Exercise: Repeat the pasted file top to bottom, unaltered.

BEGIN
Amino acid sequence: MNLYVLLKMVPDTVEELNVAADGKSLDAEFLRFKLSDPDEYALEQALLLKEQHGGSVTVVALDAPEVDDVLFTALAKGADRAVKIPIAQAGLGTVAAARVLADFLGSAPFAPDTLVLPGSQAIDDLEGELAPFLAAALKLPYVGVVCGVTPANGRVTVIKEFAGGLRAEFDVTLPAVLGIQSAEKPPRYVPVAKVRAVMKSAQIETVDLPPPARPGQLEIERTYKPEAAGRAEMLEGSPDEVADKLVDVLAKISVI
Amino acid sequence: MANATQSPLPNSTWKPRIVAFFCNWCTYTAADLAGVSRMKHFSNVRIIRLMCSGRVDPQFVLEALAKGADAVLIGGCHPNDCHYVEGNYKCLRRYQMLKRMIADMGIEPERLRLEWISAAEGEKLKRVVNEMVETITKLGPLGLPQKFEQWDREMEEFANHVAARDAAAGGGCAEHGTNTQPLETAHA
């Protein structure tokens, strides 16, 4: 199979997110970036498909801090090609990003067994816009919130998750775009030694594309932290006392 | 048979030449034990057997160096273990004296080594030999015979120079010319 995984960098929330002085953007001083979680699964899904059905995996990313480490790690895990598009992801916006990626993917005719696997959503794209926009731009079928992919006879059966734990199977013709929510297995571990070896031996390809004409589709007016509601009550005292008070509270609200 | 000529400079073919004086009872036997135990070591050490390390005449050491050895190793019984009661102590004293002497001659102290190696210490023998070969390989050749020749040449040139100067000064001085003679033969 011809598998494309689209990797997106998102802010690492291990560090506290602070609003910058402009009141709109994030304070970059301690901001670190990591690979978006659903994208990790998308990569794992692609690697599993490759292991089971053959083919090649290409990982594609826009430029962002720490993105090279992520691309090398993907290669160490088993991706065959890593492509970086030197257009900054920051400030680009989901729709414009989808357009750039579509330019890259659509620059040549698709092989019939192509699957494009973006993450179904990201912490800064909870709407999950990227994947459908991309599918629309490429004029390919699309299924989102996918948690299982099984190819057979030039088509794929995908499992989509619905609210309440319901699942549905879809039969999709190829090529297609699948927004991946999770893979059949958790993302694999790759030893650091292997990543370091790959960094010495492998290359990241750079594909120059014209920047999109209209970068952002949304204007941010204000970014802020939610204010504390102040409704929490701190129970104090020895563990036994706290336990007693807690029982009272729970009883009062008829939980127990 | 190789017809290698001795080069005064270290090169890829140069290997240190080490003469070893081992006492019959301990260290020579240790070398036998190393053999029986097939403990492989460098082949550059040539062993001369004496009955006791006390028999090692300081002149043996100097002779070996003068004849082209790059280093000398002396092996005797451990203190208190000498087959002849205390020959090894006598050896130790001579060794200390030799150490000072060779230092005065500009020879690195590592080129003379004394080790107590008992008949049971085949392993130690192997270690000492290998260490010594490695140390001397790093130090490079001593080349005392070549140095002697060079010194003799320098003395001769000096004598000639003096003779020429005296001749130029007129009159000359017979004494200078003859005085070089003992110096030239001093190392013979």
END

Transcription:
Amino acid sequence: MNLYVLLKMVPDTVEELNVAADGKSLDAEFLRFKLSDPDEYALEQALLLKEQHGGSVTVVALDAPEVDDVLFTALAKGADRAVKIPIAQAGLGTVAAARVLADFLGSAPFAPDTLVLPGSQAIDDLEGELAPFLAAALKLPYVGVVCGVTPANGRVTVIKEFAGGLRAEFDVTLPAVLGIQSAEKPPRYVPVAKVRAVMKSAQIETVDLPPPARPGQLEIERTYKPEAAGRAEMLEGSPDEVADKLVDVLAKISVI
Amino acid sequence: MANATQSPLPNSTWKPRIVAFFCNWCTYTAADLAGVSRMKHFSNVRIIRLMCSGRVDPQFVLEALAKGADAVLIGGCHPNDCHYVEGNYKCLRRYQMLKRMIADMGIEPERLRLEWISAAEGEKLKRVVNEMVETITKLGPLGLPQKFEQWDREMEEFANHVAARDAAAGGGCAEHGTNTQPLETAHA
């Protein structure tokens, strides 16, 4: 199979997110970036498909801090090609990003067994816009919130998750775009030694594309932290006392 | 048979030449034990057997160096273990004296080594030999015979120079010319 995984960098929330002085953007001083979680699964899904059905995996990313480490790690895990598009992801916006990626993917005719696997959503794209926009731009079928992919006879059966734990199977013709929510297995571990070896031996390809004409589709007016509601009550005292008070509270609200 | 000529400079073919004086009872036997135990070591050490390390005449050491050895190793019984009661102590004293002497001659102290190696210490023998070969390989050749020749040449040139100067000064001085003679033969 011809598998494309689209990797997106998102802010690492291990560090506290602070609003910058402009009141709109994030304070970059301690901001670190990591690979978006659903994208990790998308990569794992692609690697599993490759292991089971053959083919090649290409990982594609826009430029962002720490993105090279992520691309090398993907290669160490088993991706065959890593492509970086030197257009900054920051400030680009989901729709414009989808357009750039579509330019890259659509620059040549698709092989019939192509699957494009973006993450179904990201912490800064909870709407999950990227994947459908991309599918629309490429004029390919699309299924989102996918948690299982099984190819057979030039088509794929995908499992989509619905609210309440319901699942549905879809039969999709190829090529297609699948927004991946999770893979059949958790993302694999790759030893650091292997990543370091790959960094010495492998290359990241750079594909120059014209920047999109209209970068952002949304204007941010204000970014802020939610204010504390102040409704929490701190129970104090020895563990036994706290336990007693807690029982009272729970009883009062008829939980127990 | 190789017809290698001795080069005064270290090169890829140069290997240190080490003469070893081992006492019959301990260290020579240790070398036998190393053999029986097939403990492989460098082949550059040539062993001369004496009955006791006390028999090692300081002149043996100097002779070996003068004849082209790059280093000398002396092996005797451990203190208190000498087959002849205390020959090894006598050896130790001579060794200390030799150490000072060779230092005065500009020879690195590592080129003379004394080790107590008992008949049971085949392993130690192997270690000492290998260490010594490695140390001397790093130090490079001593080349005392070549140095002697060079010194003799320098003395001769000096004598000639003096003779020429005296001749130029007129009159000359017979004494200078003859005085070089003992110096030239001093190392013979």